Episode 28: Supporting Healthy Habits for Students in a Digital World
Technology has certainly changed the face of education in recent years. In some ways, it’s even become vital to the way we “do school” – especially in times when virtual classrooms have been the only way for students and teachers to stay connected. But tech also comes with significant downsides. Digital distractions, socializing on screens, and the sneaky costs of 24/7 connectivity are changing our brains. As educators and parents struggle to find the balance between the benefits of technology and the dark side of devices, what does the research show?
Guest: Dr. Shimi Kang
Resources, Transcript, and Expanded Show Notes
In This Episode:
- “The problem though, with the phones and tech, other than other addictions, is this whole idea of abstinence, being away from it is impossible, because tech is embedded. It's like air. We cannot live without it. It's, and in fact, if we teach children that it's a bad thing, I feel they'll be significantly disadvantaged…I say, we are dealing with the fire of our time. There was a moment when our ancestors learned to harness the power of fire. Those who did it well went further and farther than ever before. Those who didn't got burnt and burnt down the village. And that's exactly where we are with tech.” (11:26)
- “I don't know any 12 year old, Tim, or any 14 year old, that can check Snapchat or Instagram in the hallway and then walk into a math or chemistry class and focus. There's just no way that the brain can switch like that. So all these amazing teachers and this great curriculum is gonna be delivered to distracted kids if we don't get the phones out of the hallways, outta the lunch rooms.” (18:10)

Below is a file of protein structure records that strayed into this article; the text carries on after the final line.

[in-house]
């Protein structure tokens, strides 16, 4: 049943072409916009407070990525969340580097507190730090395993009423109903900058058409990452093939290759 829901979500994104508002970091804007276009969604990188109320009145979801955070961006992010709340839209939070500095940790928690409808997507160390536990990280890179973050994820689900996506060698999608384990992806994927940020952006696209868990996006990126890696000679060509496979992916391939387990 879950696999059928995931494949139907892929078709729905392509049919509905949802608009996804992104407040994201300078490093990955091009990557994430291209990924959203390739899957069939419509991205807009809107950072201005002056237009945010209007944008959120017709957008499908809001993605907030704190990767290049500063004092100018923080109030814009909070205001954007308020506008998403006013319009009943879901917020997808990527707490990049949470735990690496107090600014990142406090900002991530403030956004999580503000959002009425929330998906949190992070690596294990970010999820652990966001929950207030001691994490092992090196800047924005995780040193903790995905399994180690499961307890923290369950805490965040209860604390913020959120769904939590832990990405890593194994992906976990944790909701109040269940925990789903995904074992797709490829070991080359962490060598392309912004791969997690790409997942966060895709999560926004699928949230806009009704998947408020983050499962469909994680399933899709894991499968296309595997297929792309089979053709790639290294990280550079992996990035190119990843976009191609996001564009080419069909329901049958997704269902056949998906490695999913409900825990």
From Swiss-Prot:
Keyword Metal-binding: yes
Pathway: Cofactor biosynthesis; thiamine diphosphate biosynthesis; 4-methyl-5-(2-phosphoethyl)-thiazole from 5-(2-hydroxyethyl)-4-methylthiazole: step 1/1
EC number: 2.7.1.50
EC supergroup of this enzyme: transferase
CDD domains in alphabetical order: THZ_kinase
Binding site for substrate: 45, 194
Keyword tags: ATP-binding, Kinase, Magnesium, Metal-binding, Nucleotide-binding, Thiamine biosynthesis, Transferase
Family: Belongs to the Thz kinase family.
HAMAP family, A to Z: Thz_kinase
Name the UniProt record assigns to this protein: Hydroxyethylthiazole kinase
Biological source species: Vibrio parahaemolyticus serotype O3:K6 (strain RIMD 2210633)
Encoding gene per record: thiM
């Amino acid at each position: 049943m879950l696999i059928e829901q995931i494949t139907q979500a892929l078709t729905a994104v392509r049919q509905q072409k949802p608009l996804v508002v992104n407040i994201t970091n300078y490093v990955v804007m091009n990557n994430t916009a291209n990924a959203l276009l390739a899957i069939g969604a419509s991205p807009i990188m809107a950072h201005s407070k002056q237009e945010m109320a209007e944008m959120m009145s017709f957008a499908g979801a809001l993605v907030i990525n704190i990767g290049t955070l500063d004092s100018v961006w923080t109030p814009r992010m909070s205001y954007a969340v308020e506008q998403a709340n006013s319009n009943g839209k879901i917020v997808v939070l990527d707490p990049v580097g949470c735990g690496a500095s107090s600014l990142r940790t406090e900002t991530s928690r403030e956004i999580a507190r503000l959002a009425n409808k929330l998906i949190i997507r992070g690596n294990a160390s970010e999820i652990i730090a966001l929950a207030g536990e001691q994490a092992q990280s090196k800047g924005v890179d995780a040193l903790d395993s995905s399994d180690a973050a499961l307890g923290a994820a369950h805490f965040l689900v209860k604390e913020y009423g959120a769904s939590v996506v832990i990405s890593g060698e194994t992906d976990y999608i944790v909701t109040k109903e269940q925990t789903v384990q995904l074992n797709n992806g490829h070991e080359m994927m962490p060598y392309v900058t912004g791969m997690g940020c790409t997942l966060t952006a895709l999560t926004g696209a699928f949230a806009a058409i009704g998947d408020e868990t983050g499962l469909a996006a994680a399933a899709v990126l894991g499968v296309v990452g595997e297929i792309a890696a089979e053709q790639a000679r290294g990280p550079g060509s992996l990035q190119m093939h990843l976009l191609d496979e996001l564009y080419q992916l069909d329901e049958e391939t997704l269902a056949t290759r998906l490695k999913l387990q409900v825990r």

- “Sitting is the new smoking. Kids are sitting a really long time. Even this crouched posture that we see all over our schools over a laptop or phone, that's a very stressful posture. That flexion of the spine. Our nervous system is like, why are you crouching in a cave? Is there a hurricane? Is there a predator? And it'll fire cortisol, the stress hormone, just based on that crouched posture that we're seeing everywhere.” (27:06)
- “When you see the idea of scrolling, the attention span is changing in less than a second, right? And the max we're kind of seeing attention being held is like three seconds. So that in itself, our brain is having to reprocess that…Even the YouTube video, if you're watching the same video, it's extremely fast paced. You know, these tubers are talking fast. They have imaging coming in, there's popups happening. So the distraction. And that's where we're seeing poor difficulty with focus, with concentration. Kids can't sustain it.” (32:12)
- “Conspiracy theories and extreme views are actually flight behaviors, right? I'm gonna think about how the world is flat, not what's happening in my household or, or how I'm gonna deal with this stress. So when we're stressed, when our children are sleep deprived because they're in too many activities, or it's, you know, they have to write their SATs or whatever it is, you know, we're stressing them out in whatever way, or they're on their devices too much, they're just cycling through anxiety, irritability, and distraction. And so many kids are cycling through that constantly.” (41:11)
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